Search is an integral part of any Intranet, Employee Portal, or Digital Workplace, and Microsoft Search vs SharePoint Search has been a recent discussion. While small companies can be successful with design-centric user experiences mixed in with sound navigation choices, the larger your organization, the more imperative an excellent search engine experience becomes.
In many cases, search experiences are more robust when you build your Intranet with Microsoft 365. It provides results based on user behavior in Teams, Outlook, SharePoint, OneDrive, and more, paired with machine learning assisted results and the latest discovery and integrated search options.
However, should your organization use Microsoft Search or SharePoint Search?
We recommend that organizations should primarily leverage, invest, and build search experiences and solutions with Microsoft Search. The main reason is that the Microsoft Search box is visible to users across Microsoft 365, making it a quick escape route for lost users.
Search capabilities across Microsoft 365 are critical for medium to large organizations and new employees, especially.
The core experiences organizations look for can be created in Microsoft Search, such as search experiences for relevancy, monitoring, and more that your organization will invest against in the years ahead. Microsoft Search is powered by one of the latest Microsoft technologies, Microsoft Graph.
For a deeper dive into the modern search experience provided by Microsoft Search, keep an eye out for our upcoming blog.
However, if you are looking for a tailored search experience, you will still need SharePoint Search for a more in-depth search, at the time of writing this.
While a contained search experience within SharePoint, the SharePoint Search engine still provides further flexibility and customization potential than Microsoft Search. An excellent example of this is the type of search that allows you to break down results by region, department, et cetera.
Some filtering is possible in Microsoft Search but only by ‘last modified’ and ‘file type’.
However, that will rarely cut it in scenarios where your suggested results are the same file type.
Metadata level filtering is valuable for a few key scenarios. Today, I will be using policies as an example. Policies are housed in your digital workplace, often de-centralized across digital spaces based on who is authoring and maintaining them, and are something every organization needs to share with its employees.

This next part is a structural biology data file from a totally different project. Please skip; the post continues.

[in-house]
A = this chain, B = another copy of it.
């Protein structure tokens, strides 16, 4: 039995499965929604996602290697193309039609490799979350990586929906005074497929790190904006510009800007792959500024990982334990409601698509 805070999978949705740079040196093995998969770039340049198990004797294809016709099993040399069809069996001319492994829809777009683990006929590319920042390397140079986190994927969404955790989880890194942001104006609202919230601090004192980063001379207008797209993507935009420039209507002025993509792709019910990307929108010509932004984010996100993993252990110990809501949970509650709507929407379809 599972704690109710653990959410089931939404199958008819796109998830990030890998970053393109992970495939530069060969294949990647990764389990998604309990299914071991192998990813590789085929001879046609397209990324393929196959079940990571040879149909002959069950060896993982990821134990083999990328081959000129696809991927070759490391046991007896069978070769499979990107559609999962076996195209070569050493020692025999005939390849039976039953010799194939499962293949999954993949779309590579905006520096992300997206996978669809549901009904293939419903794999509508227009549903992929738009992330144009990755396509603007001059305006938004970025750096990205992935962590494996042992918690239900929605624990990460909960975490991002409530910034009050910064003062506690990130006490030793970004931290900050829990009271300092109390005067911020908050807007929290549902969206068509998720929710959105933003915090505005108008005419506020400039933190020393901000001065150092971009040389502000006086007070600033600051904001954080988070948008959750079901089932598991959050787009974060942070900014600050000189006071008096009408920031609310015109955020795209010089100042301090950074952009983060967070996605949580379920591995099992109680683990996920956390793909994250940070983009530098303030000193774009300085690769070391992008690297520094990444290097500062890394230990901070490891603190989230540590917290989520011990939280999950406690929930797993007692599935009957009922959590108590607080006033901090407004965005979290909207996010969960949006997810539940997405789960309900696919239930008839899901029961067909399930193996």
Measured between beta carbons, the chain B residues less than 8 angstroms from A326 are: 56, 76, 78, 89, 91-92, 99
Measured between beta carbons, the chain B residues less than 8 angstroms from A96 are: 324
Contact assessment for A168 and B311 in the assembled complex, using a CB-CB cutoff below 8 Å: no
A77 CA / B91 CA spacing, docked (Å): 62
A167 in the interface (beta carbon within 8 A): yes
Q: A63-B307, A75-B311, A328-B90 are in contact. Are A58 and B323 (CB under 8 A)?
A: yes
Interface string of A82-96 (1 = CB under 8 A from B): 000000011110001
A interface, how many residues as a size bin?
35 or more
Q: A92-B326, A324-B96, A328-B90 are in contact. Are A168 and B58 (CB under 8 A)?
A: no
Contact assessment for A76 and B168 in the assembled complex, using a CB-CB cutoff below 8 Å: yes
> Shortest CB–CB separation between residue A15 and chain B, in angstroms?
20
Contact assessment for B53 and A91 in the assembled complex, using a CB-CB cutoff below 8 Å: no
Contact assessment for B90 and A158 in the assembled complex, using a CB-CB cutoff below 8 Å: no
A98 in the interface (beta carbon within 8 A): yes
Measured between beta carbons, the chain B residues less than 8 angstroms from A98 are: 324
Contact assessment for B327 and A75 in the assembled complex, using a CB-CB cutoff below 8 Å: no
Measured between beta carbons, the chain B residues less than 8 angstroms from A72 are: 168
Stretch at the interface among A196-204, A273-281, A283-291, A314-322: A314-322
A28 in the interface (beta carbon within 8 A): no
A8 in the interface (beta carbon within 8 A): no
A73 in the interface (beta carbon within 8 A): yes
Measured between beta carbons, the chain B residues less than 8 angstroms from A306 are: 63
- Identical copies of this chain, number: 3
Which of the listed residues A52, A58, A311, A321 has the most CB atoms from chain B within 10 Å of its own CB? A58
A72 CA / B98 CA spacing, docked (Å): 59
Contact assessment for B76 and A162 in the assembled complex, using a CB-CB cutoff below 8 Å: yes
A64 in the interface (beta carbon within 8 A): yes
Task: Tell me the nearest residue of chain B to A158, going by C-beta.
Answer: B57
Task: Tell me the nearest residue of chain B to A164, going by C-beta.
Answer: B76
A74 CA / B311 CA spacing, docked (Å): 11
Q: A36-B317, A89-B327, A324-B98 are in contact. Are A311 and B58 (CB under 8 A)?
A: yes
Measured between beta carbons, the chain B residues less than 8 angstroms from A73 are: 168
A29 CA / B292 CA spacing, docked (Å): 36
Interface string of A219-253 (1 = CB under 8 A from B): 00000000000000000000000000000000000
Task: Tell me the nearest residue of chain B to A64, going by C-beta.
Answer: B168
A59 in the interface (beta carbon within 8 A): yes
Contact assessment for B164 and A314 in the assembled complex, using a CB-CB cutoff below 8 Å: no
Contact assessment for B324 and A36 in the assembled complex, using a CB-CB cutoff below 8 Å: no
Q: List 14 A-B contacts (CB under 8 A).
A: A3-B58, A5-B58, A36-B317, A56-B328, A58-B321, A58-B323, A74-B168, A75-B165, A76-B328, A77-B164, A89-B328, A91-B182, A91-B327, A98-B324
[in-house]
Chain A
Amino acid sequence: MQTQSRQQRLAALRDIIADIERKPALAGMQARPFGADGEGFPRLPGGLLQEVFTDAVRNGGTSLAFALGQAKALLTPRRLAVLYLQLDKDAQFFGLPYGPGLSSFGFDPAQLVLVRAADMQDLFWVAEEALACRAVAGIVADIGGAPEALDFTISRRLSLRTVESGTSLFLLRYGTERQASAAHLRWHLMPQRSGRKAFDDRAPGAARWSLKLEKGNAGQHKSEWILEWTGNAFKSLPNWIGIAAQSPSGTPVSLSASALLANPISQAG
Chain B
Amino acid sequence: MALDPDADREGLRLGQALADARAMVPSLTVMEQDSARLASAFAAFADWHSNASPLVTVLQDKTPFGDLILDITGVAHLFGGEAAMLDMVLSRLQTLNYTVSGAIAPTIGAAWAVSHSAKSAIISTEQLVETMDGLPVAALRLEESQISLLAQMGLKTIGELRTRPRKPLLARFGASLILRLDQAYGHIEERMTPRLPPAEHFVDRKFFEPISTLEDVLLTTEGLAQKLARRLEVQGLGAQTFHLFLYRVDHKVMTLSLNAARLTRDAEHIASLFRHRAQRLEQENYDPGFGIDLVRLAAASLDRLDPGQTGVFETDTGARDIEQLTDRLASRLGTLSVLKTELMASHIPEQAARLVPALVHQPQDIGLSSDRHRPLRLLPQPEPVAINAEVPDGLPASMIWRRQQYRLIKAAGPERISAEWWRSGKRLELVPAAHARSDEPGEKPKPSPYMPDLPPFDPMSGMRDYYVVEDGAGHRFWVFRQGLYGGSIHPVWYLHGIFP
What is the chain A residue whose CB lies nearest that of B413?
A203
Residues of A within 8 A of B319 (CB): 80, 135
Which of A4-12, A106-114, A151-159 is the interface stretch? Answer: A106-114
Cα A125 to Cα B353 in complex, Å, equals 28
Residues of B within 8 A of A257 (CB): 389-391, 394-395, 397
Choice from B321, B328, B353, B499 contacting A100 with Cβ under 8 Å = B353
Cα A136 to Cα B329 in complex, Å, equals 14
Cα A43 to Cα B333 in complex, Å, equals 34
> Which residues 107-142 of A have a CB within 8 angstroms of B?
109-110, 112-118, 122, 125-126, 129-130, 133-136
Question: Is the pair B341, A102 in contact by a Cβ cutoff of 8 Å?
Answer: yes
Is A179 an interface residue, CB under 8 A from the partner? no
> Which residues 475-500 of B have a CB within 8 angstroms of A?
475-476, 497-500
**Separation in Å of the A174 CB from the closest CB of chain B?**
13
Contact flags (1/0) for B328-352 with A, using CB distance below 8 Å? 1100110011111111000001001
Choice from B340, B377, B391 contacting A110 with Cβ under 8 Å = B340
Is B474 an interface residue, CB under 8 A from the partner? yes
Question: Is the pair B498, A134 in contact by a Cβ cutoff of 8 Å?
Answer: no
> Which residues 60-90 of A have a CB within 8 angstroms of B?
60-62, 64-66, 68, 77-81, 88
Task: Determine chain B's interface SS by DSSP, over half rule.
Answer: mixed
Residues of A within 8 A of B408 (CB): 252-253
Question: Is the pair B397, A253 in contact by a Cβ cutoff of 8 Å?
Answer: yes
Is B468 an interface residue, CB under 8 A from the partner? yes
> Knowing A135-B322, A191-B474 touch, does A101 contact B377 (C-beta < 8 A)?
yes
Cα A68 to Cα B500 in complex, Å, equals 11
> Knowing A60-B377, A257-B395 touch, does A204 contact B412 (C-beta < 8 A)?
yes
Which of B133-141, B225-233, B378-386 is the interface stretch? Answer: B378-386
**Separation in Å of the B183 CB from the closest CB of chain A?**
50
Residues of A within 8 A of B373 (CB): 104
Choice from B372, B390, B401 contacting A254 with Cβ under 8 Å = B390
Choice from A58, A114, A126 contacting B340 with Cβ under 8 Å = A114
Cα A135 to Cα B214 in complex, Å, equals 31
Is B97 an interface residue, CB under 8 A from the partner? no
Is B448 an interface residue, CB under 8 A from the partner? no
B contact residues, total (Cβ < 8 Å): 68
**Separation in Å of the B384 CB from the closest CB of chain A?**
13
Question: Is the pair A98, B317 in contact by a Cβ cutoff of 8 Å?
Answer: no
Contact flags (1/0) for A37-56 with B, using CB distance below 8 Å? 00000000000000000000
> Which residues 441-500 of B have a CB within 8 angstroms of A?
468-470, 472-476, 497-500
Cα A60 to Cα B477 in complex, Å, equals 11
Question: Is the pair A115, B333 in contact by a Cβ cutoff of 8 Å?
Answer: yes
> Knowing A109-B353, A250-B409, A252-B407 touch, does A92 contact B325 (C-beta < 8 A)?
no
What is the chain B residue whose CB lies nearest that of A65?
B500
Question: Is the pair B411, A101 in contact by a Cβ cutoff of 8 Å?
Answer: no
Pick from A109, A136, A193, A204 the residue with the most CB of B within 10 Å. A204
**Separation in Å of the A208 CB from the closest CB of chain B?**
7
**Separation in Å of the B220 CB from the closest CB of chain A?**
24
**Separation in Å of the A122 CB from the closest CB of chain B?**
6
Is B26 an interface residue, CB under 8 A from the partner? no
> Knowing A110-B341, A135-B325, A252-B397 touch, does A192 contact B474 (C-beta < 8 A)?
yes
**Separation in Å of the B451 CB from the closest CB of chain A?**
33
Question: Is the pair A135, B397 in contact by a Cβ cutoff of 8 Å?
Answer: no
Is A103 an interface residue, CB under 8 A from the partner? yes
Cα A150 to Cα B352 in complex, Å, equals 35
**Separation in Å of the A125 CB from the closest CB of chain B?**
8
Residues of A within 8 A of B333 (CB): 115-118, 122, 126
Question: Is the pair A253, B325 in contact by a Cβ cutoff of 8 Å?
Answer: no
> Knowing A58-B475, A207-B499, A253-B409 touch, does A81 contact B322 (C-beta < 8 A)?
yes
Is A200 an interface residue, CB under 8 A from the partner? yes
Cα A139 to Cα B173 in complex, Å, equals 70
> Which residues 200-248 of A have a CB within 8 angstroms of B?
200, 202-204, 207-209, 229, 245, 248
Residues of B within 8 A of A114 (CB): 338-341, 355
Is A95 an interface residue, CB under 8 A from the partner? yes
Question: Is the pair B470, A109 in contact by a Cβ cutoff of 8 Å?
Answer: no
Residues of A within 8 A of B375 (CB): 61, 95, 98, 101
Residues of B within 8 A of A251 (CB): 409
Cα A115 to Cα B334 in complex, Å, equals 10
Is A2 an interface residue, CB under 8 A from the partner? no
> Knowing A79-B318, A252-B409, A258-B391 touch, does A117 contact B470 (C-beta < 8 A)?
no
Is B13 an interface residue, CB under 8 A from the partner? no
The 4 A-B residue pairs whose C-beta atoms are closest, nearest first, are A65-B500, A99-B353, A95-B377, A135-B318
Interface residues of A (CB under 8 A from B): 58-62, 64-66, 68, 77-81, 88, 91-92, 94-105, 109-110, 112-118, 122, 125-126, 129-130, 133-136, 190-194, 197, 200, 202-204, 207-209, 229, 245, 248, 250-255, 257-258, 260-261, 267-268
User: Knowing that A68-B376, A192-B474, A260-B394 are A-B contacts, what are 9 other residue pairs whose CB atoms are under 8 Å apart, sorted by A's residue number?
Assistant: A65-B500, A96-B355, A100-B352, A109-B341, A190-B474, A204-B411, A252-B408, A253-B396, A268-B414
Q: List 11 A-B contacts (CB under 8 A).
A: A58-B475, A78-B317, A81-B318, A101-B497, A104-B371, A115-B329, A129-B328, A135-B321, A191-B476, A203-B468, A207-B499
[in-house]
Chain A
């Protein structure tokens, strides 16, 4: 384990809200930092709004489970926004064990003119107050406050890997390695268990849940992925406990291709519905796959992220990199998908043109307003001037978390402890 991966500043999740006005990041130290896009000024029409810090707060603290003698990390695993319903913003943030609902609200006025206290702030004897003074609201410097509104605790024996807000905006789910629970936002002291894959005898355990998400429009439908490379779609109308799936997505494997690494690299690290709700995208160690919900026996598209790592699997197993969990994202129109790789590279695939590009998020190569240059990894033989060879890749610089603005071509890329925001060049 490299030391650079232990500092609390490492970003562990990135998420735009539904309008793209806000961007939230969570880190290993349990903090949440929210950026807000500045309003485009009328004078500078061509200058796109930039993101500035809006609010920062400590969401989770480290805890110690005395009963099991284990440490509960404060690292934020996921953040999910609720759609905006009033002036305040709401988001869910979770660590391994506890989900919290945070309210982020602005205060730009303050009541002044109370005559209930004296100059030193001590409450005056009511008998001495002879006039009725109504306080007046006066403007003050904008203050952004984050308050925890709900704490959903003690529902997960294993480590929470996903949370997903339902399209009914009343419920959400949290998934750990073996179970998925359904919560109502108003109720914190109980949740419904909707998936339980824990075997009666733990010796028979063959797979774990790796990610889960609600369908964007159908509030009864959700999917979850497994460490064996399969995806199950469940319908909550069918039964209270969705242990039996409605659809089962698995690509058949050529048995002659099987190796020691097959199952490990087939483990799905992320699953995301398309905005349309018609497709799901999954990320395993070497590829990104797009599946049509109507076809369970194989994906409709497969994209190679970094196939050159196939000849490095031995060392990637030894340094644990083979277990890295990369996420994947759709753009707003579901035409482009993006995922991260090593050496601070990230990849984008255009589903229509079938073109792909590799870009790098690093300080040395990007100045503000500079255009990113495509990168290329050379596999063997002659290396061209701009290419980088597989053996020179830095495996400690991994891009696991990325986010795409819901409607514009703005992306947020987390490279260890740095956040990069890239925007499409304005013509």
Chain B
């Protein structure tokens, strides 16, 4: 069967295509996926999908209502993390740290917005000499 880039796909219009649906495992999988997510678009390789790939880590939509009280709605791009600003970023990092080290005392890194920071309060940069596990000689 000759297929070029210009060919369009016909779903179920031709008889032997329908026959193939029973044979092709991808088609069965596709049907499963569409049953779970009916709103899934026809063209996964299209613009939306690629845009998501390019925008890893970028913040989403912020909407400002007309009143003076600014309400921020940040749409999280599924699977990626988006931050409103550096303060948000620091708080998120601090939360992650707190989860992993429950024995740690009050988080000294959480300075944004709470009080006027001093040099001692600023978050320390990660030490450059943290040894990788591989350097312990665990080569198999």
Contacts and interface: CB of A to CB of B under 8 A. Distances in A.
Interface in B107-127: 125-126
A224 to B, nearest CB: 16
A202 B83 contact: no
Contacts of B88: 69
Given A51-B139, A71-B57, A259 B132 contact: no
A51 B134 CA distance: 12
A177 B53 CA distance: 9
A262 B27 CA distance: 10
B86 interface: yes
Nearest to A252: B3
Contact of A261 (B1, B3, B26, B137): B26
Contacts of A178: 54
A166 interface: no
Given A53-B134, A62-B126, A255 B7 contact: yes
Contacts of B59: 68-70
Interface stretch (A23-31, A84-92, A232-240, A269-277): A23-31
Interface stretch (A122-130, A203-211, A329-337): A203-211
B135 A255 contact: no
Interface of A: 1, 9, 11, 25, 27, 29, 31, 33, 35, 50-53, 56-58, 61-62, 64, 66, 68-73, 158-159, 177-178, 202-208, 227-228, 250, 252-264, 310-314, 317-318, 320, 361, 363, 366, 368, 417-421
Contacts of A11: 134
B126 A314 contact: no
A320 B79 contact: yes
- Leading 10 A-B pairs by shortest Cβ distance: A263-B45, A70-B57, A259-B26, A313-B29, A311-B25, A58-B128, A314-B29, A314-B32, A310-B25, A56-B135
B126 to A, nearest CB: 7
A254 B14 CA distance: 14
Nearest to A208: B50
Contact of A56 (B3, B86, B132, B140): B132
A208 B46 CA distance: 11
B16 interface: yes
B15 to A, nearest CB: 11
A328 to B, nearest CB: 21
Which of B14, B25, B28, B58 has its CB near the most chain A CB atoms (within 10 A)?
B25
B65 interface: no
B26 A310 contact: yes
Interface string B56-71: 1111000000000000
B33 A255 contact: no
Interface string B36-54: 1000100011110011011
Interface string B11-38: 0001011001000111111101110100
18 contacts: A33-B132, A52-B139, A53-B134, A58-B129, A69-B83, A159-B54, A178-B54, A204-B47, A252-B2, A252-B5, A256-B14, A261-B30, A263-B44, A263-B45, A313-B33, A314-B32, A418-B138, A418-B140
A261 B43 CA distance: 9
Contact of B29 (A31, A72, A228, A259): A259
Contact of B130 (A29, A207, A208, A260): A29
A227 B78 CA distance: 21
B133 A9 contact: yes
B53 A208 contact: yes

As your company grows, you will have more and more policies, and these will become increasingly differentiated by key business verticals such as location, language, line of business, et cetera.
After being unable to find what they are looking for, or out of the need to get it quick, employees will flock to the Microsoft Search bar for results. In doing so, they may come across the wrong policy, which could lead to misinformation or denied user access. So, how will you bring them together?
First, you will need to create your more tailored search experience for Policies within SharePoint. Luckily, it is not too difficult to develop a modern search results page with the right planning. For this example, I have built a Policy Hub using the latest (v4) of the modern search web parts available in PnP.
Now, you will want to ensure that even employees who are unaware or have forgotten about the Policy Hub can still find it when searching for a policy. Otherwise, you may end losing a significant proportion of your potential users of the Policy experience you have crafted. For instance, a new employee is liable to run a search like shown below, never realizing a Policy Hub exists for their benefit.
The goal should be a frictionless experience, and the ideal place to provide this reminder is within the search context users are already using. In this case, we will leverage a ‘Bookmark’ (previously known as Promoted Result or Best Bet) to flag users to the fact that a tailored search experience exists for Policies.
To do so, you will need to navigate to the ‘Search and Intelligence’ section of your Microsoft 365 Admin Center. Here you will create a ‘Bookmark’ for the Policy Hub you created. Think of this as a manual intervention you are making into the ordinary search results ranking by placing a custom “call out” at the top of the results section when specific criteria are met.
Include as many variations of the keyword as you can think of to ensure successful searches.
Users will now see a useful reminder of the Policy Hub in search results when they type in the selected keywords.
While SharePoint Search has the one feature over Microsoft Search, overall, I still recommend Microsoft Search as the best place to start. If limitations with Microsoft Search frustrate your attempts to deliver a tailored experience, consider using SharePoint Search. However, we recommend ensuring that there is a meaningful way to stitch the two experiences together, at least until these needs can be bet with Microsoft Search alone.
Now that you can make an informed decision on Microsoft Search vs SharePoint Search in your organization, we would love to help you improve your Microsoft 365 digital workplace even further. We are eager for you to learn why in our definitive guide.